Now that we have some of the generic requirements downloaded and installed, let’s configure our application for Node.js.

Task Runner

Visual Studio Code executes “tasks” for building, deploying, etc.  What we must do is configure our own task runner to run our application with Node.js.

NOTE: This step will specify a configuration file app.js as a command argument; we will create this file in a later step.  In writing this tutorial, I could have started in a few different ways.  Each approach had its pro’s and con’s.  I simply chose to teach you from a configuration-first approach.  But, in reality, you could create your content and configuration files first, prior to configuring the task runner.

From within VSC, do the following:

  1. Ctrl+P – this will display the VSC command prompt
  2. Type a Greater-Than sign (i.e. >).  The Greater-Than sign tells VSC that you want to execute an action
  3. After typing the Greater-Than sign, start typing Configure Task Runner.  You should then see two choices.  Choose Tasks: Configure Task Runner
  4. Upon choosing this option, a .settings folder is created with a file named tasks.json.  The tasks.json file is a JSON configuration file.  It will have a bunch of different examples in it.
  5. Delete everything in this file (or comment out everything) and add the following:

Save this file (Ctrl+S).  You’ve now created a task that runs Node.js with app.js as a parameter.

Type Definitions

Finally, before we begin typing code, we want to add a couple of type definitions for TypeScript.  This step is optional, but as stated above, it sure does help us a lot with IntelliSense in JavaScript.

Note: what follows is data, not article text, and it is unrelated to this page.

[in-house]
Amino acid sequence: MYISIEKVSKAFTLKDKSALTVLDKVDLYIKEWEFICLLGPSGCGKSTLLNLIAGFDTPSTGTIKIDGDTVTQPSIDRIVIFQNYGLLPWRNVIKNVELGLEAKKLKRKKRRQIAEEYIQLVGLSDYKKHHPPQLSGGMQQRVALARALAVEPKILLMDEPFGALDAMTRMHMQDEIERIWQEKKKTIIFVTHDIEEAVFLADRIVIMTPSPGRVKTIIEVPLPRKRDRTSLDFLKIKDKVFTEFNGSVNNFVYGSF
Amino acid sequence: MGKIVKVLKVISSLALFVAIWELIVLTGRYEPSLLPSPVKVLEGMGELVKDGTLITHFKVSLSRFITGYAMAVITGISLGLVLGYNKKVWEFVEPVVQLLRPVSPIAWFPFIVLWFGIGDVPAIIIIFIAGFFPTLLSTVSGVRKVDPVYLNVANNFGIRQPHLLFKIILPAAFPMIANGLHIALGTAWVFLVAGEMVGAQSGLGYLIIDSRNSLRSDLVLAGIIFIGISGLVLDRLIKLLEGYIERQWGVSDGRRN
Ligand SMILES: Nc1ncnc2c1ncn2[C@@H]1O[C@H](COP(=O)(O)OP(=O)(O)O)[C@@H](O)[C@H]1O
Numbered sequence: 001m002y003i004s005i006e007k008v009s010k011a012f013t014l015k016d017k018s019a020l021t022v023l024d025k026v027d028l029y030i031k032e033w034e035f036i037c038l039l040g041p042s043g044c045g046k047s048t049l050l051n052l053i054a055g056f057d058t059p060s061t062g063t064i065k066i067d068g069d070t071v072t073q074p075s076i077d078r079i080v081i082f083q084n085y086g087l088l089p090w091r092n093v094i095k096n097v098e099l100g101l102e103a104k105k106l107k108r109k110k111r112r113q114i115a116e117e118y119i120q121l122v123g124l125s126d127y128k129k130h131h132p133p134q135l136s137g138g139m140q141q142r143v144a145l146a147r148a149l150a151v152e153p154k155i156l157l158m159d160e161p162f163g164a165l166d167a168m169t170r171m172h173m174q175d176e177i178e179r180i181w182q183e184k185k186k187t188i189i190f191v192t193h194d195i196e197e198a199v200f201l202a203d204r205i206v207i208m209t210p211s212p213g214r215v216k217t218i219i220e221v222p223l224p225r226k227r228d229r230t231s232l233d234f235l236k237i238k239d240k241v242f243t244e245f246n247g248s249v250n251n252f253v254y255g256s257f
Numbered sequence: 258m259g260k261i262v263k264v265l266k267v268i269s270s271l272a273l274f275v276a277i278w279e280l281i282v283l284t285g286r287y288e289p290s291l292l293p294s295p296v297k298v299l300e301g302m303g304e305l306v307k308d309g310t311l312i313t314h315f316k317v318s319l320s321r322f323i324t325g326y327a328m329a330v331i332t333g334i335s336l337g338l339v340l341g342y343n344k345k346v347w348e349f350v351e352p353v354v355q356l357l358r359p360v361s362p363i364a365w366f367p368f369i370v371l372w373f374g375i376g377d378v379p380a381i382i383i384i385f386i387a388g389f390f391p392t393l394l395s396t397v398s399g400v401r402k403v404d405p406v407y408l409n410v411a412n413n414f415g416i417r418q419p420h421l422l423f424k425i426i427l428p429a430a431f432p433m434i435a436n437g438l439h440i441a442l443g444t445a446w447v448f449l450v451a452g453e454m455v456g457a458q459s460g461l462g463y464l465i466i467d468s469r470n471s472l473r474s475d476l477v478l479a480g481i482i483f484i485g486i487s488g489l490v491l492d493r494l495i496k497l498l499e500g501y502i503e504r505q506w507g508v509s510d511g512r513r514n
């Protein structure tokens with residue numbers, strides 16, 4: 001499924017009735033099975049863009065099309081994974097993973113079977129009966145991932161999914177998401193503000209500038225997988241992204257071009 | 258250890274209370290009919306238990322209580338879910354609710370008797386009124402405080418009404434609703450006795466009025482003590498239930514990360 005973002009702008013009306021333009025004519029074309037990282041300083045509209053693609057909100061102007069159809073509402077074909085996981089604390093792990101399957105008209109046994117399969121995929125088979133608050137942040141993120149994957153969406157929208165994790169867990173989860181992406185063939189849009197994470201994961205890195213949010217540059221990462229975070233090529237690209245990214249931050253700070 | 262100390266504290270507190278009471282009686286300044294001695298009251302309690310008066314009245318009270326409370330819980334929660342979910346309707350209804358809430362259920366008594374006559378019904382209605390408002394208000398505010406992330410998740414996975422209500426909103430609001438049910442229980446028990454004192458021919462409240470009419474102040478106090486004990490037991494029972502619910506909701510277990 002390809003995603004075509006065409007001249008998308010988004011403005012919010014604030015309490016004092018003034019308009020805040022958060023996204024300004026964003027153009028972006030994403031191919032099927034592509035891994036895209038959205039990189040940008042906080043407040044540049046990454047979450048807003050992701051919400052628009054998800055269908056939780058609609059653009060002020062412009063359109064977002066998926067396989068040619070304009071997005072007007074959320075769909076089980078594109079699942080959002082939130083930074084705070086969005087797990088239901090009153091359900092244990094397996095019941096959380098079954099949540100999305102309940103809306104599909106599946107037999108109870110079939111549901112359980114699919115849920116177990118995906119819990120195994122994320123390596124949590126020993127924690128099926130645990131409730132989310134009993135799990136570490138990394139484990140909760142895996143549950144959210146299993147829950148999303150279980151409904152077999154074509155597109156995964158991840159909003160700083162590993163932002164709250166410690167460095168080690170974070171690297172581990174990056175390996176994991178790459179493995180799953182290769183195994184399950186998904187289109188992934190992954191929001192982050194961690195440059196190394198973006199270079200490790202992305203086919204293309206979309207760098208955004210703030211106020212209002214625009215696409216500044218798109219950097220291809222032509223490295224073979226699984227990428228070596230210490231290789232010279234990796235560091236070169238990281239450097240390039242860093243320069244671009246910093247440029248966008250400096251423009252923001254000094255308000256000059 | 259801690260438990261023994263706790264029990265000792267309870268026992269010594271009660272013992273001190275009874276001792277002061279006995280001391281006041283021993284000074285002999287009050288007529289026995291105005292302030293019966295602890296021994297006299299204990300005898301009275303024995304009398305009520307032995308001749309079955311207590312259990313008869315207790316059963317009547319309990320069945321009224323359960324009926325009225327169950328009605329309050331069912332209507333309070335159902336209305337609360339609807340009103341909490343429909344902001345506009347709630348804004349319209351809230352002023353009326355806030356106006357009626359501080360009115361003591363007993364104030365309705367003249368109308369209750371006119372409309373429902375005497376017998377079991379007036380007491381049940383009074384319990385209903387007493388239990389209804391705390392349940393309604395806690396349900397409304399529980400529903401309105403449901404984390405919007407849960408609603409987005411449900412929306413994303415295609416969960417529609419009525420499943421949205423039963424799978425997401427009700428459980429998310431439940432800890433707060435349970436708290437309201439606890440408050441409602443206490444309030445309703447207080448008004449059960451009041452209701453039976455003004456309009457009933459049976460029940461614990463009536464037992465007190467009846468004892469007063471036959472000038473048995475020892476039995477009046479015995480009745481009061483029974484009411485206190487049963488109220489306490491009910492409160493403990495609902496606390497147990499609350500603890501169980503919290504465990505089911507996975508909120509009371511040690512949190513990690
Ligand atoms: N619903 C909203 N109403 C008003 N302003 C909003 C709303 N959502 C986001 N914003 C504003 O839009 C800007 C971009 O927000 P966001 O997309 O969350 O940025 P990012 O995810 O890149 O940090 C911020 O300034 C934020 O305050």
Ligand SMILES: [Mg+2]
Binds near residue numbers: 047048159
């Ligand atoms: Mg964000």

Open a command prompt and go to your C:\Projects\HelloWorld folder.

Again, we are going to want to install type definitions for:

  • Express
  • Body-Parser
  • jQuery

Keep in mind, that all we are doing is providing some definitions for objects (classes, functions/methods, variables, etc.) defined in JavaScript libraries.  As stated a couple of times already, these aren’t required, but give us IntelliSense when working with the objects.  The bare minimum definitions that we would want to use for Node.js projects is Express (the web server and core definitions for Node.js).  Body-Parser provides definitions for Node.js’s methods that interpret web pages.  jQuery, of course, gives us IntelliSense for jQuery methods and objects.

While at the command prompt (in your project folder), type the following:

This command will install the type definitions for Express.  Issue the command two more times, but replacing “express” each time with the remaining two definitions (i.e. body-parser & jquery).  Also, Body-Parser has a dependency on Express, so if you don’t add the type definitions for Express first, adding the Body-Parser will also add the definitions for Express.

After adding the type definitions, your project folder will have a typings subfolder containing subfolders that correspond to the definitions we downloaded.  Feel free to take a look at them if you’d like.

An updated screenshot is below.


Setting up the environment is now complete.  In all (provided that VSC and Node.js were already installed), this should probably take you 5 minutes to complete for future projects.

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